‘Tell them what you’re going to tell them …’

It’s always great to discover new angles on stuff you’ve been working with for years. As the saying goes, it’s what you learn after you know it all (or maybe you think you do) that counts.

How do you feel when confronted with a microphone?

A few years ago I was speaking about presentations at the breakfast meeting of The Business Club in Warwick. The invitation came through the good offices of my good friend and market research guru Nick Thomas. Nick tells me that the club has folded since, but he hasn’t.

The discussion during my talk reminded me that there are many ways to skin a cat. For example:

I described and demonstrated a technique for managing stress before a presentation. I’d learned it from NLP expert Dianne Lowther of Brilliant Minds. She called it “The Circle of Excellence” and it’s explained in detail on pp 68-70 of her book ‘Introducing NLP for Work, A Practical Guide’.

In the Q&A, club member Helena Lapworth commented that she’d used these NLP techniques in her own work. Of this ‘circle of excellence’ tool, she said, “we call them anchors & triggers.”

Whether you call it circles of excellence or anchors or triggers, I can attest that I’ve tried this technique and it works. If you want to know more, get in touch with me, or see the link below.


There’s an old saying about public speaking that’s been used for ever and a day: “Tell them what it is you’re going to tell them. Then tell them. Then tell them what it is that you’ve just told them.”

As that phrase used to be used by Army officers, I knew the technique as the Sandhurst method, after the famous Army staff college of that name. However, after my speech at Warwick, business club member Caroline Woodward came up to me and said “I know that technique as the “News at Ten method.”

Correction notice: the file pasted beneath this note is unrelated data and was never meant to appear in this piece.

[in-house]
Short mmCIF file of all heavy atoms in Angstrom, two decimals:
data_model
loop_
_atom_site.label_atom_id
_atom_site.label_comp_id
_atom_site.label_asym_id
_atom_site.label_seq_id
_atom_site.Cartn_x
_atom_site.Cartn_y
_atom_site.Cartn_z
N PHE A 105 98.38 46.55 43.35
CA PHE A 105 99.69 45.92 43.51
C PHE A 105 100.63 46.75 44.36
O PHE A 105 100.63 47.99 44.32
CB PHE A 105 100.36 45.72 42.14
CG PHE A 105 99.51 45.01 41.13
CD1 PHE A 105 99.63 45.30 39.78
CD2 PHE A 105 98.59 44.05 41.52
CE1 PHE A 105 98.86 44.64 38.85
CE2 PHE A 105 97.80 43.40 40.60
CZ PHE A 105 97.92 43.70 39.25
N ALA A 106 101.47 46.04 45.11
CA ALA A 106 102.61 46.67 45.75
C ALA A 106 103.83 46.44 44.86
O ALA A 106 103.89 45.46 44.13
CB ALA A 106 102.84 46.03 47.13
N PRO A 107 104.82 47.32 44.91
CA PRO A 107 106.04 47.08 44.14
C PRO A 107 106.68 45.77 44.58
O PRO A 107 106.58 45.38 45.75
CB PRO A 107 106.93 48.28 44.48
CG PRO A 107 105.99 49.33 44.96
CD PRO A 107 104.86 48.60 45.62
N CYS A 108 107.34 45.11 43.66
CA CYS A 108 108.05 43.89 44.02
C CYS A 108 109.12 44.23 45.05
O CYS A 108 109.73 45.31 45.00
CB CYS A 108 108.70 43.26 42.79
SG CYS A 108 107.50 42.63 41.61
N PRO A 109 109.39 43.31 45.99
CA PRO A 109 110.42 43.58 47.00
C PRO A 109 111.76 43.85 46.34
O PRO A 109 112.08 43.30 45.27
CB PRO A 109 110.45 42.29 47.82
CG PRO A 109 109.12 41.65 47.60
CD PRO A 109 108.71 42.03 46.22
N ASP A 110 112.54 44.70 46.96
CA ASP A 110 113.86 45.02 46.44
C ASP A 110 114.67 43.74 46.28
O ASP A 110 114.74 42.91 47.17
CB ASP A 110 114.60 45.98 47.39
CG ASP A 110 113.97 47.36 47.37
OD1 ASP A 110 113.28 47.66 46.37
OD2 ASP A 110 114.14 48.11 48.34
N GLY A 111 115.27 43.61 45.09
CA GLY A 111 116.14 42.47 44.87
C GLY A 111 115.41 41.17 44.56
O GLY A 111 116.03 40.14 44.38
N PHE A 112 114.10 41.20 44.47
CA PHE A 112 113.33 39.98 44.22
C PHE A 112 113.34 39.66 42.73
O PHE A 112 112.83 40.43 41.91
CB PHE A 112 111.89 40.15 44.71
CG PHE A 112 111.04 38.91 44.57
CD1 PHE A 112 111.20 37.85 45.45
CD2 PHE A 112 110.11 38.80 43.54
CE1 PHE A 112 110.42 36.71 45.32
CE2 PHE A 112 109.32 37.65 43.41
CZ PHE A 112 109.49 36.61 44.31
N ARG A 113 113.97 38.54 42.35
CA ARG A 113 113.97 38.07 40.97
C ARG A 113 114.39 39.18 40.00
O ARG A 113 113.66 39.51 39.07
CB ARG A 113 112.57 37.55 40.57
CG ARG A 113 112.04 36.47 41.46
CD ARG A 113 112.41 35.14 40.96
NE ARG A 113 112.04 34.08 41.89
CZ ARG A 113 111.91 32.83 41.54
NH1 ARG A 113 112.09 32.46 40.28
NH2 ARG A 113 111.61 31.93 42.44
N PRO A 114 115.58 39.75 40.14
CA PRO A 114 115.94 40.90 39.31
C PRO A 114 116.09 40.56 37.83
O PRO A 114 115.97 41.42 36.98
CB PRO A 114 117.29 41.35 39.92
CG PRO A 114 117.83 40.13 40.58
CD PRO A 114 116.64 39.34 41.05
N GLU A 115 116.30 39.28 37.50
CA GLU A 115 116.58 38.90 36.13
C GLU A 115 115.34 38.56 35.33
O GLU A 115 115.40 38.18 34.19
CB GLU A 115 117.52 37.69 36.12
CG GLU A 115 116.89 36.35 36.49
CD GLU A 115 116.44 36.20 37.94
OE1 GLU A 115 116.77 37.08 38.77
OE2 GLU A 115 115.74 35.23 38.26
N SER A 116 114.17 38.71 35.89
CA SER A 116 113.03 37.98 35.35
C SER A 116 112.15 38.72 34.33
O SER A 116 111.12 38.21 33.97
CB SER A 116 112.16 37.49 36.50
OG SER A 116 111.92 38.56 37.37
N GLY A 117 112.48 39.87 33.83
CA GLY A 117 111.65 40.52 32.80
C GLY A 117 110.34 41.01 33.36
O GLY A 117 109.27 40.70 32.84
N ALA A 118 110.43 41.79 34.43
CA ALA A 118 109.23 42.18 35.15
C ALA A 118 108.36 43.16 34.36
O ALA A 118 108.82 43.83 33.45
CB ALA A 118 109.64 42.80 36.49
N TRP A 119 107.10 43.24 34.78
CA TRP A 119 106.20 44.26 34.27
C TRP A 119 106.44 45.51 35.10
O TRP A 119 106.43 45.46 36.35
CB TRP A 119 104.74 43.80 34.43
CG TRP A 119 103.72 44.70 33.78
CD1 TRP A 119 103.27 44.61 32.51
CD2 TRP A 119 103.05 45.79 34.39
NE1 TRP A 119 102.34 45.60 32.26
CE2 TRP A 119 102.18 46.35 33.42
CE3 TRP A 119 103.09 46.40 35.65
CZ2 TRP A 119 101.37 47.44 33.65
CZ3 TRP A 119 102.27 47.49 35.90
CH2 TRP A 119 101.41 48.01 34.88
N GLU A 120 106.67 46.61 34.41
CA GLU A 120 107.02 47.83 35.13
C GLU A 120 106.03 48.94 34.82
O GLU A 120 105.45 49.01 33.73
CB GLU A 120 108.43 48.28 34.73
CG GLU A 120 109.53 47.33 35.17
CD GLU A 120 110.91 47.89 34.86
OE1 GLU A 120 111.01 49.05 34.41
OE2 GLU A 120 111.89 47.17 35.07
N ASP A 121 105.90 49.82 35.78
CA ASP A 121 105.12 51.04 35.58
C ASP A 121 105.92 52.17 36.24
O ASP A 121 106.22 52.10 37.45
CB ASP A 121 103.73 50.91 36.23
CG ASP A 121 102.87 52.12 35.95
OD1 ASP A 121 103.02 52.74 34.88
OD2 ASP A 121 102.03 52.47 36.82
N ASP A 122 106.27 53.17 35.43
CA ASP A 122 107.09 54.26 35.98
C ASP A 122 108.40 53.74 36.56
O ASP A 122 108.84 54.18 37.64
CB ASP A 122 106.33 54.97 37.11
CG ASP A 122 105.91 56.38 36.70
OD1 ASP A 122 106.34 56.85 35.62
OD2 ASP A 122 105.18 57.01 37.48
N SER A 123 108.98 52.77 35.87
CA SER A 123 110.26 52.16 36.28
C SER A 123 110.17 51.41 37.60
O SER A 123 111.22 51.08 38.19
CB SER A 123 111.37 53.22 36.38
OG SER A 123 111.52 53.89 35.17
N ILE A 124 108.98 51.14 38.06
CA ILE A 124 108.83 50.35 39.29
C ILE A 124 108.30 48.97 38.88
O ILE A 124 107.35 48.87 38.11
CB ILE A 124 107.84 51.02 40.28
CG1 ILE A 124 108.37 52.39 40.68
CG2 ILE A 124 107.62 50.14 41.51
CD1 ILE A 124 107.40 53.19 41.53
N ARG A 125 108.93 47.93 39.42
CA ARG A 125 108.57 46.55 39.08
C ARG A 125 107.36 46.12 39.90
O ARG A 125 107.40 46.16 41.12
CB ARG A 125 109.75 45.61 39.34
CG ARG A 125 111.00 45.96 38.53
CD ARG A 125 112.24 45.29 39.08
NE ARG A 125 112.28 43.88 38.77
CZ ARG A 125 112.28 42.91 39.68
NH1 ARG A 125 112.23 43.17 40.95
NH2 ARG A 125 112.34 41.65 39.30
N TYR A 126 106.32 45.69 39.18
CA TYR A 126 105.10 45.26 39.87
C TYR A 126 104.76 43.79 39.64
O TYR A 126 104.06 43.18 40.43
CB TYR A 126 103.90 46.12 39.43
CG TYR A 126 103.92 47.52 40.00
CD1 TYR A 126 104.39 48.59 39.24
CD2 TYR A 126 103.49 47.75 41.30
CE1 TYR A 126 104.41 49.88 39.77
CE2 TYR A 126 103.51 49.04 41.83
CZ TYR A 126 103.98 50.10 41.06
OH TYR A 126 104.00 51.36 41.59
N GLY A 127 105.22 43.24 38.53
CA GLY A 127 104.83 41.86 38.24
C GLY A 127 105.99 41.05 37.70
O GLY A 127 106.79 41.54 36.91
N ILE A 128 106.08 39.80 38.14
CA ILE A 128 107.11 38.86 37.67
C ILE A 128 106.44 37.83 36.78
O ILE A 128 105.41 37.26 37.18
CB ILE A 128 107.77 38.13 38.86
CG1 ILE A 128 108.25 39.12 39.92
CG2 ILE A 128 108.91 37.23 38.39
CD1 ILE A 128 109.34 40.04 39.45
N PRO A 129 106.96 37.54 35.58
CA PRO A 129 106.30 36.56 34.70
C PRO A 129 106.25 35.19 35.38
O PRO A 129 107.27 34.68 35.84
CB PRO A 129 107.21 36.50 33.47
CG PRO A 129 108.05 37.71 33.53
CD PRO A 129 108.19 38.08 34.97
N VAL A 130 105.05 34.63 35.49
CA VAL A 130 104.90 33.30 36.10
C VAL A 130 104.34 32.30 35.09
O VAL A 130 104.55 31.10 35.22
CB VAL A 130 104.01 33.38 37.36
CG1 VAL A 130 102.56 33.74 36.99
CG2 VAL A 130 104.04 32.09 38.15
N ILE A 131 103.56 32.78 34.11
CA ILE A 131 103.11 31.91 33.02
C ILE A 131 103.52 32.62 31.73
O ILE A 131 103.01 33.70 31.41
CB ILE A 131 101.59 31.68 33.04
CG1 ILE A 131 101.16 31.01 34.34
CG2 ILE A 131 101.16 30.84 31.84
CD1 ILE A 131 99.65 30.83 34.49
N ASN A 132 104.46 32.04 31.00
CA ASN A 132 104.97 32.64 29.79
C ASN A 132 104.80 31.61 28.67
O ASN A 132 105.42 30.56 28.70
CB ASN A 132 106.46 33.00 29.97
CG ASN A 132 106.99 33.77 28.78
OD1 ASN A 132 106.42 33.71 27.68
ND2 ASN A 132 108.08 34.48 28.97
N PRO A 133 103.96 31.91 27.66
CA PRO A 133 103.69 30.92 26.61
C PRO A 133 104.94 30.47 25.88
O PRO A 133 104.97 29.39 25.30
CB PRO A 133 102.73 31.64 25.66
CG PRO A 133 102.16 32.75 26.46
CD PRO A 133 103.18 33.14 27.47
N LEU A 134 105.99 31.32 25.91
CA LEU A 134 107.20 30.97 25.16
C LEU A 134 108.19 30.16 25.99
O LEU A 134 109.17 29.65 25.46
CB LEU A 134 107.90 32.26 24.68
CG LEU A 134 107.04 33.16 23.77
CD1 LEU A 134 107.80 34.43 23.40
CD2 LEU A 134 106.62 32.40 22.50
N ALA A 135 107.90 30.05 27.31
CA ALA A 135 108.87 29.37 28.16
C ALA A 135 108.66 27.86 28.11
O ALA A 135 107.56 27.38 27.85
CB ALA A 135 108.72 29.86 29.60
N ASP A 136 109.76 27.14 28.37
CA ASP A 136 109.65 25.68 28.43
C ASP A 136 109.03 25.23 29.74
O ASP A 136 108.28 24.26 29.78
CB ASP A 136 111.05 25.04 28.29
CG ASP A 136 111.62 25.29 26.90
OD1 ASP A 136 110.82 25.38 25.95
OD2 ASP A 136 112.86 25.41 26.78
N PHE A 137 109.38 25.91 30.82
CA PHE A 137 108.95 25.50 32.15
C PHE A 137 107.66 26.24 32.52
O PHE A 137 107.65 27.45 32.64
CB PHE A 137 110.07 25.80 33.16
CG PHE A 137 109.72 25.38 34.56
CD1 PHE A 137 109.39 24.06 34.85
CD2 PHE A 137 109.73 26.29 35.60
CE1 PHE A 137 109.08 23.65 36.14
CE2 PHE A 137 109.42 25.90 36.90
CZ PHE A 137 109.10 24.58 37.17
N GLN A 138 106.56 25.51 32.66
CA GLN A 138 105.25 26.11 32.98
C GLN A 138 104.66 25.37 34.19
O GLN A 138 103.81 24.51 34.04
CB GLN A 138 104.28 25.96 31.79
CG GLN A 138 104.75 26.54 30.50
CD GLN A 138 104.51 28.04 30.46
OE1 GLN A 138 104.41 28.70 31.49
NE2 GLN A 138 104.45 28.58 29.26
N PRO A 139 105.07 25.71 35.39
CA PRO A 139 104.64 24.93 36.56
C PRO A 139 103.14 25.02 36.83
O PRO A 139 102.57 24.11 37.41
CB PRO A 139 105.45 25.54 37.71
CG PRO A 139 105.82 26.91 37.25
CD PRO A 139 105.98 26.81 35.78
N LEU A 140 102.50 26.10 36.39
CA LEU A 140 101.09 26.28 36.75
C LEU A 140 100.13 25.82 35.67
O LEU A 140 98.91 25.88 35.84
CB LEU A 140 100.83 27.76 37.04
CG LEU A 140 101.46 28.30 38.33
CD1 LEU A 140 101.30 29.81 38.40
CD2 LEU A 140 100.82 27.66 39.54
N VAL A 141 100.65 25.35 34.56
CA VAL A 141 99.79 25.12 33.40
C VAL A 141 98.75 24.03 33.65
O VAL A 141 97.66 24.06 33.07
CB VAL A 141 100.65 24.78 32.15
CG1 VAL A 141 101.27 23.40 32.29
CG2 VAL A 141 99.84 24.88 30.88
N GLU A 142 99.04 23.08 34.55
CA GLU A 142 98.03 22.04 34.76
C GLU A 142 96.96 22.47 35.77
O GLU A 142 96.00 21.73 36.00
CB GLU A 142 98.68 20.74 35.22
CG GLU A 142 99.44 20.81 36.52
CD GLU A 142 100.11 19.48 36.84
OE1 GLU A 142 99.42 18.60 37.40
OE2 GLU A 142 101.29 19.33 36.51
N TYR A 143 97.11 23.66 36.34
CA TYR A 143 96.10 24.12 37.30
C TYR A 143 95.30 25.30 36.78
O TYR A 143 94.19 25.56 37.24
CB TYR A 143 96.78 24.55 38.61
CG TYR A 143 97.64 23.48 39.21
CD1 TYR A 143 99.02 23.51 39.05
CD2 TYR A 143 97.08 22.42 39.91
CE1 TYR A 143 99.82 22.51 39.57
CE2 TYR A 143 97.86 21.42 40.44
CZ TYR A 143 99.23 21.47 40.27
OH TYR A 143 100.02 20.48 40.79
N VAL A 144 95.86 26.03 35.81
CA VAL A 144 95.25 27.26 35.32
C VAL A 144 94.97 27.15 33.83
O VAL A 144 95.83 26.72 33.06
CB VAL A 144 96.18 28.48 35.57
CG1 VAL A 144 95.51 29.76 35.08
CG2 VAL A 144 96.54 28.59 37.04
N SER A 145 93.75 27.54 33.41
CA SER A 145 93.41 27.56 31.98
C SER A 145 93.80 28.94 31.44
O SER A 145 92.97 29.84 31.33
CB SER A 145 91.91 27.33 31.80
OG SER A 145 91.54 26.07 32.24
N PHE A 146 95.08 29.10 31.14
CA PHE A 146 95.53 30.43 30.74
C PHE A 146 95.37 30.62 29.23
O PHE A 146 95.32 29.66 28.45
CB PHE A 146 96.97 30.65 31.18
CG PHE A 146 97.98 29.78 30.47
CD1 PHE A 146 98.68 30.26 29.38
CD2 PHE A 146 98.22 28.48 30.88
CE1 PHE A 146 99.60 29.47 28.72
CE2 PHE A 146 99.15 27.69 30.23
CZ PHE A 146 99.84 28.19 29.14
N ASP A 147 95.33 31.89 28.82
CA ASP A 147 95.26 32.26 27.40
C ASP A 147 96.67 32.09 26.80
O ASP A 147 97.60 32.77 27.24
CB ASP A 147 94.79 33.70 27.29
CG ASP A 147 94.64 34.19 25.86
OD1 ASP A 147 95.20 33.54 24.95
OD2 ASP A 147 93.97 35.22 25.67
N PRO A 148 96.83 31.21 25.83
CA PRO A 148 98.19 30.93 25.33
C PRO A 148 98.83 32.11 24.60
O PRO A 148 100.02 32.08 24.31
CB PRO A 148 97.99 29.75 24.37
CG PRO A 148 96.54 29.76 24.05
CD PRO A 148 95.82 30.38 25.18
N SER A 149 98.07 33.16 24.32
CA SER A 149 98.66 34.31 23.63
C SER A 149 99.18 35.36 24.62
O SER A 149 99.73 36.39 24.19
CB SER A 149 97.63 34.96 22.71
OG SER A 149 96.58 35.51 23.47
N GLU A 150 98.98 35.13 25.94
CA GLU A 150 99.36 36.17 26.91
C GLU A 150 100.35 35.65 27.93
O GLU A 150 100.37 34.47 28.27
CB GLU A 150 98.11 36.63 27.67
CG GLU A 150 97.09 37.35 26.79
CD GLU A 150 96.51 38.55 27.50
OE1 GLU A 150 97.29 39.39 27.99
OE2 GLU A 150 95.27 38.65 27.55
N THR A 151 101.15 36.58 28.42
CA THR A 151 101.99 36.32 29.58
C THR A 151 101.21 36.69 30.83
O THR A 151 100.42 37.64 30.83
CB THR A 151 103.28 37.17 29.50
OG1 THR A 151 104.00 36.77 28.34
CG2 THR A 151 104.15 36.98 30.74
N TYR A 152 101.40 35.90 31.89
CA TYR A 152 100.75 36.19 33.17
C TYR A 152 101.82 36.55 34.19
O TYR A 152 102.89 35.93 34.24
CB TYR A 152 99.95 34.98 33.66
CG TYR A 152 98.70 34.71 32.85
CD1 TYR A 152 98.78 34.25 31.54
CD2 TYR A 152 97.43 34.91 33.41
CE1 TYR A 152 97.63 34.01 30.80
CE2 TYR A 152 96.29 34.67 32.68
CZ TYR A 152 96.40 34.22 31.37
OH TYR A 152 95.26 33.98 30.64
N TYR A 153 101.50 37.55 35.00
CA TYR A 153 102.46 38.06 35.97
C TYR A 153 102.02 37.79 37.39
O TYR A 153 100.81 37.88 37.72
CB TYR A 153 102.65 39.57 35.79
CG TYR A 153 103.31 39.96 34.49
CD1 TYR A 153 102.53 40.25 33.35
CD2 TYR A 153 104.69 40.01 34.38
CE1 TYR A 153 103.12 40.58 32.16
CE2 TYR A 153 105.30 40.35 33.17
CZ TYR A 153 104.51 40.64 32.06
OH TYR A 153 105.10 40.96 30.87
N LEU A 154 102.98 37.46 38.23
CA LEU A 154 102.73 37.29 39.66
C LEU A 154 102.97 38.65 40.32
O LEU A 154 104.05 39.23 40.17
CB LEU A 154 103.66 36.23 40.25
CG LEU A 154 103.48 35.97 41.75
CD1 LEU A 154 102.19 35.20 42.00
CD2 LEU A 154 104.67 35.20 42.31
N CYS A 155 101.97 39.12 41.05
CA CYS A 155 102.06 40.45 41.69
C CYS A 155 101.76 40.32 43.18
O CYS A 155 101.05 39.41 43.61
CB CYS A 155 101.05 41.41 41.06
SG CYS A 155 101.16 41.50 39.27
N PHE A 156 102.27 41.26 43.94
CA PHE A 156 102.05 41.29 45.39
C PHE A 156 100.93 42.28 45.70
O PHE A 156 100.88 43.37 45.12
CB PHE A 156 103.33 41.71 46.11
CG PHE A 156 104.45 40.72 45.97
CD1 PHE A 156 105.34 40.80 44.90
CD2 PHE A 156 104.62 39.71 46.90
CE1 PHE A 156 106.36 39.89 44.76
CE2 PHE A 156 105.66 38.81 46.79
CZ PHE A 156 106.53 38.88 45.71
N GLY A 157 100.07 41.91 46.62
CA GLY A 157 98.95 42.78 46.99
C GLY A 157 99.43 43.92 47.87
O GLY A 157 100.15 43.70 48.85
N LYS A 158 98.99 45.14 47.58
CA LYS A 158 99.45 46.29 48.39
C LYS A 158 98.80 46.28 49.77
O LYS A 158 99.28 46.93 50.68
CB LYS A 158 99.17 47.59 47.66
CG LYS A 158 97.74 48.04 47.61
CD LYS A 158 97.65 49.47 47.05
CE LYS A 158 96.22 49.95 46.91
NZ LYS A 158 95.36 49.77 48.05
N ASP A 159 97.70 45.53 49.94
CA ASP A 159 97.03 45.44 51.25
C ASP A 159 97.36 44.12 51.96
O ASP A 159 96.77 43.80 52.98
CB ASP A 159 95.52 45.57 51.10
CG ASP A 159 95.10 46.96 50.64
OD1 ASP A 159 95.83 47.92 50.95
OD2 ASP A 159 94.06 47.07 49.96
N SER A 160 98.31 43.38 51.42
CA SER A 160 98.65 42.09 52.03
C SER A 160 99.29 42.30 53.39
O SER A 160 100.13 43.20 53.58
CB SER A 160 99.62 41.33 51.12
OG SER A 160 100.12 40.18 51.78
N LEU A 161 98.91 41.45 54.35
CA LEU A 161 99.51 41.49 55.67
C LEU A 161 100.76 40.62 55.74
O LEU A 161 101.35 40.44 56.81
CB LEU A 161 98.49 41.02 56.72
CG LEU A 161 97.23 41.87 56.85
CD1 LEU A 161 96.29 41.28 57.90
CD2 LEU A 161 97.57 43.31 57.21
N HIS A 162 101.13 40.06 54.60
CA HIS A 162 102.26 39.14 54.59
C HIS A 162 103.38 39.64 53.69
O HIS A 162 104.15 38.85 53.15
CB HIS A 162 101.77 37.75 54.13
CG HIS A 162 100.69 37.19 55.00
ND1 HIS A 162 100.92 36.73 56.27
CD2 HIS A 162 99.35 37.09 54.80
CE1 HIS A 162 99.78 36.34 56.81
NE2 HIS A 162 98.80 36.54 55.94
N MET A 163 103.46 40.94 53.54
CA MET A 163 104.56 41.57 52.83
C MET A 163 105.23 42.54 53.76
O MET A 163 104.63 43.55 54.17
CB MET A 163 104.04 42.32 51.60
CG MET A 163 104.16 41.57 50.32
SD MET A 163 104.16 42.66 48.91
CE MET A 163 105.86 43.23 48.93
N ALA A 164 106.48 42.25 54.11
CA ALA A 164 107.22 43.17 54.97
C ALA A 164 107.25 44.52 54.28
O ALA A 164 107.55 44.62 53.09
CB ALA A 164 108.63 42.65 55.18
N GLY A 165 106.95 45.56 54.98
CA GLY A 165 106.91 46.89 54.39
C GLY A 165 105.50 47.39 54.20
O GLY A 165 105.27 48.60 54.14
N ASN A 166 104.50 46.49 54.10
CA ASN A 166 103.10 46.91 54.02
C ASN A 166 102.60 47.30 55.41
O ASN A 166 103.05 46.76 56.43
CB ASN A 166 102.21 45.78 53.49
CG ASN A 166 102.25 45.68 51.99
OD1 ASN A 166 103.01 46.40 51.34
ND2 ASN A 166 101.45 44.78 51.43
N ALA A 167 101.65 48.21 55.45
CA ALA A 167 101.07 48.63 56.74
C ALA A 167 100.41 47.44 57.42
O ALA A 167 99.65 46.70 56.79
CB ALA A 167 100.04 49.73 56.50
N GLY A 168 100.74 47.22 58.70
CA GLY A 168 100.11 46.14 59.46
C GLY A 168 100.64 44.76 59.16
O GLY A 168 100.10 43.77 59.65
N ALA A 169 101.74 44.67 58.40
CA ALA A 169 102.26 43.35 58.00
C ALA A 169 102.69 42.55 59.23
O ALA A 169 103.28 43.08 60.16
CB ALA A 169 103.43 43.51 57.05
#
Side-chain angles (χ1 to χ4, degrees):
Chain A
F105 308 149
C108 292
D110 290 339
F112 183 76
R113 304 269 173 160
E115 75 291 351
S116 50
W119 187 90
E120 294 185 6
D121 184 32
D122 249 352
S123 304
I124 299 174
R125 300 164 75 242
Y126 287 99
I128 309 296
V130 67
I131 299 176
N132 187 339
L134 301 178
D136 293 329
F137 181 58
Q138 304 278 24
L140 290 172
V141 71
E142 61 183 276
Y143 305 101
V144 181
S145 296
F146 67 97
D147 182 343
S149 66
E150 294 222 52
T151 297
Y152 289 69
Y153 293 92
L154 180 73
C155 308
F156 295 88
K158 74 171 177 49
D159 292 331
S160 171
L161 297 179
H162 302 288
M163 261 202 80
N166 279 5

Of course! That makes perfect sense. News bulletins have headlines both at the beginning and the end. And millions of us watch or listen to broadcast news. Not so many millions are familiar with Sandhurst, so ‘the News at Ten method’ is the description I’ve used ever since. Thank you, Caroline!

As I said at the beginning, it’s what you learn …

Further reading on The Circle of Excellence (aka anchors, aka triggers): see ’Introducing NLP at Work’ by Dianne Lowther. https://www.amazon.co.uk/Introducing-NLP-Work-Practical-Guide/dp/1848313802

Stage fright … the key to a magical performance?

Much has been written on the subject of public speaking nerves. If I want a suitable quote on this or any other matter, I look first to an American writer and humorist who never lets me down.

There are only two kind of speakers: (1) the nervous; and (2) liars.’ (Mark Twain, 1865-1910)

That gem, as true today as it was then, is the subject of a short video I recorded last year for my YouTube channel ‘The Mottoist.’

Like the inimitable and often-quoted Mark Twain, I said in the video that yes, most people are nervous when speaking in public. Not all, but most. There’s even a word for it now, ‘glossophobia’, and we’re told that 75% of the public suffer from it.

Not just the general public but stars from every genre of the performing arts. Dames Judi Dench and Janet Baker. John Lennon. Leonard Cohen. Stevie Nicks. Henry Fonda. The list goes on.